1. Sean says:

    Camo is a complicated issue. I don’t think it matters one bit if the pattern is funny looking or what it makes the soldiers look like. What matters is it gives concealment to our soldiers. I personally don’t understand how they are used. In Afghanistan AOR2 (woodland digital) is what works best by a long shot and not everyone is given that pattern. It’s way better than MC and AOR1 is even better than the MC. It’s wierd how it works. You would think AOR1 would be best but even next to a mud wall the AOR2 blends better. AOR2 should be a full time pattern and a second jungle pattern would be nice . Jungle is the one pattern I have not seen perfected and for snow they could go with Ghostex snow pattern . If they want a great urban camp I have seen a dark grey that looks better than anything I’ve seen to date but why don’t we decide on the patterns we will use if we hsbe conflicts in given locations and manufacturer it and field it when it’s needed . Just go with AOR2 for Army, Navy and USMC . The Marines not wanting to share there camp is crazy. We are all on the same team.

  2. Felix says:

    Being a soldier is more than just being invisble and a war machine. A Soldier is a representative of its nation. So Branding is an important point to me. Yes, the main purpose of camo is making soldiers invisible, but imagine their is a pink camo pattern that works best in a certain enviroment….would you be proud to field it ? 😉

    • Frank says:

      I’m not entirely sure I agree with this statement. IF (Big IF) a soldier is doing something that a soldier should not be doing (ie, representing their nation) than maybe yes branding is important. If a soldier is doing what they should be doing (killing people and breaking things…in other words force application) than they should have what makes them an invisible war machine. If the goal is force projection than they should be wearing something all black and mean looking. I’m guessing this may result in not every soldier wearing the same thing. As things are I do agree with your statement. As things should be I don’t agree so much. Interesting points though.

      • Felix says:

        Well said Frank!
        But remember even infantry Soldiers ( i dont talk about SF Guys, which could wear pink if it would give them an adavantage) are in a uniform that represents their country…. for example me as a european, when i see current UCP Pattern..well i think “America” ..hope you get me. Being a soldier is all the time a prestige job. A soldiers good or bad behaviour can change the image of a whole nation. An Armys overall appearance can do this to.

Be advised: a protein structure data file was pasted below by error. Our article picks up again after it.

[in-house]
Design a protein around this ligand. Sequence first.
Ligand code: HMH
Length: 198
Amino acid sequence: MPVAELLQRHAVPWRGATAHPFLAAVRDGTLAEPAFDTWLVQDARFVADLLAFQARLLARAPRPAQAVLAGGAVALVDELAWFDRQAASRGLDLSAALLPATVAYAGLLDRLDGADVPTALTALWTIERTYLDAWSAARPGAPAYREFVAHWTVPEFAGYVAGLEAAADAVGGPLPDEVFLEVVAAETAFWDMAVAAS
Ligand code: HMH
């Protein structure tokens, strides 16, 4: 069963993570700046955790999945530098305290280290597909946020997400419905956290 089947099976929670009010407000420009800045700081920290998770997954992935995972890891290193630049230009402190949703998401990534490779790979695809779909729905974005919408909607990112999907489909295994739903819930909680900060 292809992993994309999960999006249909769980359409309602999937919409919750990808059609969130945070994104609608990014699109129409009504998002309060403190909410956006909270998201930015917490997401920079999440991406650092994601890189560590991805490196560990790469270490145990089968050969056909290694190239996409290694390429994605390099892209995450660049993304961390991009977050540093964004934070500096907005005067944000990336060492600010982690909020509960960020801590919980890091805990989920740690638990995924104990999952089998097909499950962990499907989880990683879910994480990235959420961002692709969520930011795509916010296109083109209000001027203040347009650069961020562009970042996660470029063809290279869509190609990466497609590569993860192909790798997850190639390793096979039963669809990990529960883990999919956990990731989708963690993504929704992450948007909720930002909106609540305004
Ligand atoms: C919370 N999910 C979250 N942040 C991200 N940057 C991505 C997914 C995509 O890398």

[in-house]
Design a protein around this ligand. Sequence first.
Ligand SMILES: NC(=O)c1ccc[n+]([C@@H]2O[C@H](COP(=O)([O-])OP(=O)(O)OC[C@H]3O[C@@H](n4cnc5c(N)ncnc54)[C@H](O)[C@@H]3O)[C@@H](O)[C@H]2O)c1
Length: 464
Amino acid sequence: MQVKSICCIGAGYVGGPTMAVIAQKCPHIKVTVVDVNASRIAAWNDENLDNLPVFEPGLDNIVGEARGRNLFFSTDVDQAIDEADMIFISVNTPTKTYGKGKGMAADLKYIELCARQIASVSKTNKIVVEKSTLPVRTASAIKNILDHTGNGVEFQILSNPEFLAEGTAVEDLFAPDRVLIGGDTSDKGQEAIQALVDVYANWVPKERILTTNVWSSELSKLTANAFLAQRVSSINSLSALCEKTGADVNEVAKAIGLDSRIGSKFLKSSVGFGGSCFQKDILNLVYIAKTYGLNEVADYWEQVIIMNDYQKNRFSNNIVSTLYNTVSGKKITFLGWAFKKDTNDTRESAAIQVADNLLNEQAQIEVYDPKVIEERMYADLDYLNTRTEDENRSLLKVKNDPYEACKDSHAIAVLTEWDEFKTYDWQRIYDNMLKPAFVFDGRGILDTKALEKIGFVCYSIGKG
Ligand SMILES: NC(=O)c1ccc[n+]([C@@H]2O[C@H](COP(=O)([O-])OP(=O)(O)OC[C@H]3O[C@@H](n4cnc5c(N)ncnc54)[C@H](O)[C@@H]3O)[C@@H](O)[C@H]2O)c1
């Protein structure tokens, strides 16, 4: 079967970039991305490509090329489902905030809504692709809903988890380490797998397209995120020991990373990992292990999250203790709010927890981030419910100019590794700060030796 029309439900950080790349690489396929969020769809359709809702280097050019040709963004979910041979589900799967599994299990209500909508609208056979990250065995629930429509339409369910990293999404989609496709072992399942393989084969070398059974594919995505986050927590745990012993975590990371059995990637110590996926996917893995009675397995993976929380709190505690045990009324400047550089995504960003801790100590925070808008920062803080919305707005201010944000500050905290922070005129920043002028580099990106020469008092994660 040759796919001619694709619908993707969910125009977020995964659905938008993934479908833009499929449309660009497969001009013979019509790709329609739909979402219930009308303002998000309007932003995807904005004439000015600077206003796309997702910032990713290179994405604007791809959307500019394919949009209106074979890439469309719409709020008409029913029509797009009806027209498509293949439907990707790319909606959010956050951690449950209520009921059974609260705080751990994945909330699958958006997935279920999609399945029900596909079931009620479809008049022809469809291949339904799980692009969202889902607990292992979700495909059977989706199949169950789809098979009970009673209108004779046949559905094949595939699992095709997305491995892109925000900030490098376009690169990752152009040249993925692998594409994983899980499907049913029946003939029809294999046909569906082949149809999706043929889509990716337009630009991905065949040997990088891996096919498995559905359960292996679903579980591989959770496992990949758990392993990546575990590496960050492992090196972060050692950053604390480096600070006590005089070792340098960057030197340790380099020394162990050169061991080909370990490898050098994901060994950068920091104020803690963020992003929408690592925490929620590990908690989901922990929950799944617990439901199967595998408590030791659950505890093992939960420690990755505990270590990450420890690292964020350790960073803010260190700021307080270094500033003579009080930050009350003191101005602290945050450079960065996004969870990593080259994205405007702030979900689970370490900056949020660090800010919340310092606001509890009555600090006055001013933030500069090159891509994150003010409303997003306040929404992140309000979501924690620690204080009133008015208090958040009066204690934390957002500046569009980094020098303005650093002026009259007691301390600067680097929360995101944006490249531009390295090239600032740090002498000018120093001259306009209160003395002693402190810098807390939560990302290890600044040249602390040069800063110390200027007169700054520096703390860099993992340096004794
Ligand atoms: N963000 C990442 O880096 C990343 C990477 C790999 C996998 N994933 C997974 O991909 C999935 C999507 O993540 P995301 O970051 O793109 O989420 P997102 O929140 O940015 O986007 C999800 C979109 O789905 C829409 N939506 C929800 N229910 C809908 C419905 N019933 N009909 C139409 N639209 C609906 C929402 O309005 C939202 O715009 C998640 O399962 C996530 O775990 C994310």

I say camo should be effectice first. But we shouldnt forget that were talking about the uniform (almost) every soldier will have to wear

  3. Sal Palma says:

    Prior to gaining exposure on the camouflage issue – my thanks to SSD for that education – I did not fully understand the cost of pattern development. In terms of research and development, millions of USDs are spent on the development.
    It’s understandable to see companies express reluctance in displaying their competing patterns. Especially with the near ubiquitous disregard for copyright.
    I guess we’ll have to wait to see what the new patterns will look like…

  4. Jason says:

    If every soldier is a sniper, then only concealment is important.

    If some of them have to do things like kick in doors and intimidate people, or walk around villages acting as Uncle Sam’s Personal Representative they are going to need a uniform that inspires (in themselves and the indigenous population) the confidence and respect one should feel for the world’s greatest super power.

  5. Aaron says:

    The Israelis have been walking around in ODs forever…Kryptek’s few sneak eaks and the ADS Delta samples look interesting. So Crye huh?

  6. V says:

    I think what people continue to miss is what the author eluded to regarding the overall relationship of the three determining factors Leadership will most likely look at.
    Can we justify a high price tag for entirely new patterns when we have something viable already (i.e. AORs and MC)? Because this all amounts squat if branding and performance are high, but so is cost. Can you meet comparable, even if marginally less, branding and performance metrics with something like the AORs or MC and realize a significantly lower cost factor?